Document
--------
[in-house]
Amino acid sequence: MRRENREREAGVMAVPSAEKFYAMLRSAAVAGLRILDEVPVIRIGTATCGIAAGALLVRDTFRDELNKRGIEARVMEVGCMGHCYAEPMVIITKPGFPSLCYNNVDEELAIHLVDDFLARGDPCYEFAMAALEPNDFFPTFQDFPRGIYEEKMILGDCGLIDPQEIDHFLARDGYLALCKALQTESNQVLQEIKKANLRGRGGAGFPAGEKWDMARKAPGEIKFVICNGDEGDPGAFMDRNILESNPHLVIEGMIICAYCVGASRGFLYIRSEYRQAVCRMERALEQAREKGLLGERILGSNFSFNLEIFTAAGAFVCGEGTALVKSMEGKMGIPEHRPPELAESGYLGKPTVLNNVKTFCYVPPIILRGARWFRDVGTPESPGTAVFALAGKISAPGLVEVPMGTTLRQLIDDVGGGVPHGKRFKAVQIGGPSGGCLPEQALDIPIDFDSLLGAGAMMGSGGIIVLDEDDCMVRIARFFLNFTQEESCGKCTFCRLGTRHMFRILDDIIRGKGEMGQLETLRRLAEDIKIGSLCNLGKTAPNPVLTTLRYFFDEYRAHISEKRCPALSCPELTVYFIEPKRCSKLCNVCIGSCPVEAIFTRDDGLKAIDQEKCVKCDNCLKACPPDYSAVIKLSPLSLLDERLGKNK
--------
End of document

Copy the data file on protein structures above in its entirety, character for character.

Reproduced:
[in-house]
Amino acid sequence: MRRENREREAGVMAVPSAEKFYAMLRSAAVAGLRILDEVPVIRIGTATCGIAAGALLVRDTFRDELNKRGIEARVMEVGCMGHCYAEPMVIITKPGFPSLCYNNVDEELAIHLVDDFLARGDPCYEFAMAALEPNDFFPTFQDFPRGIYEEKMILGDCGLIDPQEIDHFLARDGYLALCKALQTESNQVLQEIKKANLRGRGGAGFPAGEKWDMARKAPGEIKFVICNGDEGDPGAFMDRNILESNPHLVIEGMIICAYCVGASRGFLYIRSEYRQAVCRMERALEQAREKGLLGERILGSNFSFNLEIFTAAGAFVCGEGTALVKSMEGKMGIPEHRPPELAESGYLGKPTVLNNVKTFCYVPPIILRGARWFRDVGTPESPGTAVFALAGKISAPGLVEVPMGTTLRQLIDDVGGGVPHGKRFKAVQIGGPSGGCLPEQALDIPIDFDSLLGAGAMMGSGGIIVLDEDDCMVRIARFFLNFTQEESCGKCTFCRLGTRHMFRILDDIIRGKGEMGQLETLRRLAEDIKIGSLCNLGKTAPNPVLTTLRYFFDEYRAHISEKRCPALSCPELTVYFIEPKRCSKLCNVCIGSCPVEAIFTRDDGLKAIDQEKCVKCDNCLKACPPDYSAVIKLSPLSLLDERLGKNK